HALIFAX -- Nova Scotia is diverting more cases from traditional courtrooms and into its ground-breaking restorative justice system, aiming to give people a second chance that it says can help everyone heal.

"Some might say restorative justice is a soft on crime approach -- that's not the case," Justice Minister Mark Furey said Tuesday.

"Restorative justice is a proven model of success. It gives people a second chance ... and it gives us all a chance to heal, support and understand one another."

The changes announced Tuesday will allow appropriate cases to be referred to restorative justice earlier -- in the pre-charge and pre-trial stage in some instances.

Previously, a case could only be referred after a charge had been laid or after a conviction.

"We are lifting these restrictions to allow for an earlier and more responsive intervention to the impacts of crime," said Furey.

A new five-year memorandum of understanding commits police, prosecutors, victim services and the province's eight community justice agencies to ensure referrals to restorative justice are consistently considered and made more frequently.

However, a moratorium will remain in place for offences involving domestic or sexual violence.

The restorative justice program brings offenders, victims and communities together to resolve issues without incarceration. It requires offenders to take responsibility for their actions and holds them accountable to the community and their victims.

Nova Scotia's program was established to handle youth cases in 2001 and the province became the first to expand it to include adults in 2016.

Emily Watkins, the lone caseworker for the Tri-County Restorative Justice Society in Yarmouth, N.S., welcomed Tuesday's announcement, saying the ability to get cases earlier in the process will contribute to more successful outcomes.

"Those emotions are still there it's still fresh, said Watkins. "So people are way more involved and they want to participate."

Watkins has first-hand knowledge of the benefits of restorative justice, having gone through a system she credits for saving her after she assaulted another girl while in high school.

She said she was not thrilled with the idea of taking responsibility and meeting with her victim, but decided to take part in a process that has been to her lasting benefit.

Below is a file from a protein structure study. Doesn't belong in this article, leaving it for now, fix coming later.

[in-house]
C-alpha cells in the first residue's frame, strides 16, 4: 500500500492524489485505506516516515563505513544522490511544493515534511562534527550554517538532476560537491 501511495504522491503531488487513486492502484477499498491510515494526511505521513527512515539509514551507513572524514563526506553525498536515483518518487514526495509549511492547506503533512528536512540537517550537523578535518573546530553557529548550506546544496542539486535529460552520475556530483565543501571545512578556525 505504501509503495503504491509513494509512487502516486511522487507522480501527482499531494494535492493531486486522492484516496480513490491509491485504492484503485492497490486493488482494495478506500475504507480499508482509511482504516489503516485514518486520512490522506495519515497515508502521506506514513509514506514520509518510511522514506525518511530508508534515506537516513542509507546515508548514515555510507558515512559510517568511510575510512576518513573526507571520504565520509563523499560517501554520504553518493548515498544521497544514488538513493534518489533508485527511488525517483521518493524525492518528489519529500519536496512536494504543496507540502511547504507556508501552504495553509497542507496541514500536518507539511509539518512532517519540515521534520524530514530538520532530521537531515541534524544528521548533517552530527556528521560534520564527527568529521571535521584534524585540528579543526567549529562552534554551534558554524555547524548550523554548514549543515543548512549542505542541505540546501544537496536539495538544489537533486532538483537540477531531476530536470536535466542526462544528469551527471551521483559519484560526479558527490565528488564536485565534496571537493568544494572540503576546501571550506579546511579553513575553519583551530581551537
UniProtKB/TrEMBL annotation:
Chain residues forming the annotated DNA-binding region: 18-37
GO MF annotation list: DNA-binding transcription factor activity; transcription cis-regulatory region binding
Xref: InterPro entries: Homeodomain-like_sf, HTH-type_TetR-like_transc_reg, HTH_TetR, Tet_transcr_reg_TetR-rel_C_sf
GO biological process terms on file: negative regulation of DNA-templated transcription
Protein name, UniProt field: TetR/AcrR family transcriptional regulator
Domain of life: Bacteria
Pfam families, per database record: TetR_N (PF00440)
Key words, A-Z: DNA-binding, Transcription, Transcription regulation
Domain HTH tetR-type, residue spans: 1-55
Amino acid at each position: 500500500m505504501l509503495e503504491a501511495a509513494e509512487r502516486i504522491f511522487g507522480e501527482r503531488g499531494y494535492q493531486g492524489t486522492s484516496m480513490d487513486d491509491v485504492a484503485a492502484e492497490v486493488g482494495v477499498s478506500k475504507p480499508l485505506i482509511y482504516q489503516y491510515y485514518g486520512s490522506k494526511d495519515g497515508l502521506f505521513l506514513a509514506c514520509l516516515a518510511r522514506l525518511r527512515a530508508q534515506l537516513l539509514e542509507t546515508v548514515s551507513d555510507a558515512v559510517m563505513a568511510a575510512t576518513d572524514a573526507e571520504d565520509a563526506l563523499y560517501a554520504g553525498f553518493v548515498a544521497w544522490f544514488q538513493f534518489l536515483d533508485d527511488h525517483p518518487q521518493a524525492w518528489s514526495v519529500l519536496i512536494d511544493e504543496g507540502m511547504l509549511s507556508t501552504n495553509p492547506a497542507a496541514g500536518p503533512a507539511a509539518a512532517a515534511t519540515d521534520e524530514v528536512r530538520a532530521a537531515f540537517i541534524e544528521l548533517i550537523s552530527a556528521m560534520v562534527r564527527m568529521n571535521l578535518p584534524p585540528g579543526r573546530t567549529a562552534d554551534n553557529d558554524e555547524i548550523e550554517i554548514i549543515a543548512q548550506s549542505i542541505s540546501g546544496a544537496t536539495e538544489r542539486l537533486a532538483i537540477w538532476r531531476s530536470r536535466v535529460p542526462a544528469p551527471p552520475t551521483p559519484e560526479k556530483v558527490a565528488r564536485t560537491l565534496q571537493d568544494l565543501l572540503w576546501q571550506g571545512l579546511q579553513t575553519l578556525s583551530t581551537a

"Without that meeting I would not be standing here today," said Watkins. "I would not have gone to university and possibly may not have graduated from high school."

She said the "beauty" of restorative justice is that it allows for context and isn't just incident-focused.

"I've seen victims receive closure about what happened to them that they simply would not get through the formal court system," Watkins said.

The announced changes will see the establishment of regional teams that will include senior probation officers to assess all adult referrals, and a management committee to provide oversight and ensure restorative remedies are being used in all appropriate cases.

Furey said it's unknown how many more cases will be diverted as a result of the changes, and his department would monitor the system's ability to handle the extra caseload.

"The probation officers have been reassigned throughout the province for purposes of working with our restorative justice societies, so those indirectly are additional resources to support our restorative justice workers," he said.

The change comes nearly a year after a month-long strike by six caseworkers who administer restorative justice in the Halifax area. The workers, who handle about 70 per cent of all cases in the province, won a pay increase after highlighting caseloads they said had more than doubled since 2016 when adults were added to the system.

According to the province, national statistics indicate restorative justice programs help to reduce repeat offences by 12 per cent.